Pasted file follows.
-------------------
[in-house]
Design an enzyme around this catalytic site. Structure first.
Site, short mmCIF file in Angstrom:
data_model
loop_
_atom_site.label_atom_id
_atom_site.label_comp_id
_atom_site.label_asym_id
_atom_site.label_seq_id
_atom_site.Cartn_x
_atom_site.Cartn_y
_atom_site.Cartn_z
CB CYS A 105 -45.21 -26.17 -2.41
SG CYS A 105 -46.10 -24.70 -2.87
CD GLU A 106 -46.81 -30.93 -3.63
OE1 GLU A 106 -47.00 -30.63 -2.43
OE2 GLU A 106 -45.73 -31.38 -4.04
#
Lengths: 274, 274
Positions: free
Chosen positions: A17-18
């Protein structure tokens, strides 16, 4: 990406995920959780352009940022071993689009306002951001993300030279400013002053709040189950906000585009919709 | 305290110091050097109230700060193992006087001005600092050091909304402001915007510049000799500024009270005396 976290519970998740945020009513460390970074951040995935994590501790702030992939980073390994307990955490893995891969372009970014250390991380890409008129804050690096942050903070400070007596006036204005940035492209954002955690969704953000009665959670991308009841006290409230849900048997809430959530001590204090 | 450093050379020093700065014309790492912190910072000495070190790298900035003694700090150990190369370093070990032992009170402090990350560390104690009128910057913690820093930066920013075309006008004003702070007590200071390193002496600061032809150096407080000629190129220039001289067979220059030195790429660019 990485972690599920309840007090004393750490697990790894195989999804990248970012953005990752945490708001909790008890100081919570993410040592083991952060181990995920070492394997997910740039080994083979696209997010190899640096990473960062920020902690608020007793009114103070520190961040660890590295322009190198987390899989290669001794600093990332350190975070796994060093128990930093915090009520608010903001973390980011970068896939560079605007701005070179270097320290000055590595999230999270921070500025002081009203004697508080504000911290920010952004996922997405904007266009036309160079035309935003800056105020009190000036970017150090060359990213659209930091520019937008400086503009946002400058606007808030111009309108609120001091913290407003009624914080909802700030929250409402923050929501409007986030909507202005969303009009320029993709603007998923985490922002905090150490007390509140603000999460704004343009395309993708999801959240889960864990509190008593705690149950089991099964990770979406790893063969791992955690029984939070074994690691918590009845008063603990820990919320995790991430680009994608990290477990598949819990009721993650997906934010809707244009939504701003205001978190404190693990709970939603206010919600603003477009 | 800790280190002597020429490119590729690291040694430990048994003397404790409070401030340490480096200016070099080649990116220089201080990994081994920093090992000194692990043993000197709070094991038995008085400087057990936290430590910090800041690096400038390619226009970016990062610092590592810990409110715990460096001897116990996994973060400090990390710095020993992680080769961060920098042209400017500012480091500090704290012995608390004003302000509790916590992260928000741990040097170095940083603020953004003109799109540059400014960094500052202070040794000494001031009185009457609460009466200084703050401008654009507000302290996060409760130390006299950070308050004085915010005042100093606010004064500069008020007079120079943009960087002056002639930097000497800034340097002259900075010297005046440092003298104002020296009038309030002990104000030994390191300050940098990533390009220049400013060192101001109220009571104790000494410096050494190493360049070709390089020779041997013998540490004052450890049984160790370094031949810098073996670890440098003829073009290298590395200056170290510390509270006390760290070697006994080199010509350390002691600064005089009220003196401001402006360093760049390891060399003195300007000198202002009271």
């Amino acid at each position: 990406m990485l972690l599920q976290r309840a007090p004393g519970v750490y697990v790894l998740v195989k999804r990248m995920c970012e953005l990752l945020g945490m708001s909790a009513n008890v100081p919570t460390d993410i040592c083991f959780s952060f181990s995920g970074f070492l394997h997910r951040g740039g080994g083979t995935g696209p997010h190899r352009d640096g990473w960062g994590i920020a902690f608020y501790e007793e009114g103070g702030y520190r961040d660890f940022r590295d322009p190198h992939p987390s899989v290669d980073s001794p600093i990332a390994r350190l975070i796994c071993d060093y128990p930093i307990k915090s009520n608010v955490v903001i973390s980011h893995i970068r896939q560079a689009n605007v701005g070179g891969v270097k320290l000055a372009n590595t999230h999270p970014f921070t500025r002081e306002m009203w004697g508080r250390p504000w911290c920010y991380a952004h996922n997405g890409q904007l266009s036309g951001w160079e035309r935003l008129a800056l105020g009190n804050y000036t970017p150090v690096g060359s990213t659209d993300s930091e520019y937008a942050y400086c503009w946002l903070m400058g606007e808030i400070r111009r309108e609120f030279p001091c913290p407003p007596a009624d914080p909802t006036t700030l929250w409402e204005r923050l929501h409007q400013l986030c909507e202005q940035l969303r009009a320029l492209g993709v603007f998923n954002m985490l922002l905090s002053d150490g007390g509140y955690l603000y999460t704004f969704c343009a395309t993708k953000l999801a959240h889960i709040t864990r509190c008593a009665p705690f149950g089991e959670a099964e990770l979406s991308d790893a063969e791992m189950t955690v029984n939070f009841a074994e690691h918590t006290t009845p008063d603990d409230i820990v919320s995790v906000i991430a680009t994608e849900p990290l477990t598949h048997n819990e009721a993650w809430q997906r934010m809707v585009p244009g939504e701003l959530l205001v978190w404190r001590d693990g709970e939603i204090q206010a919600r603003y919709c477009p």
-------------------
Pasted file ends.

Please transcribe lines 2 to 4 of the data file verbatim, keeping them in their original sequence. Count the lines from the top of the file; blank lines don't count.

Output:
Design an enzyme around this catalytic site. Structure first.
Site, short mmCIF file in Angstrom:
data_model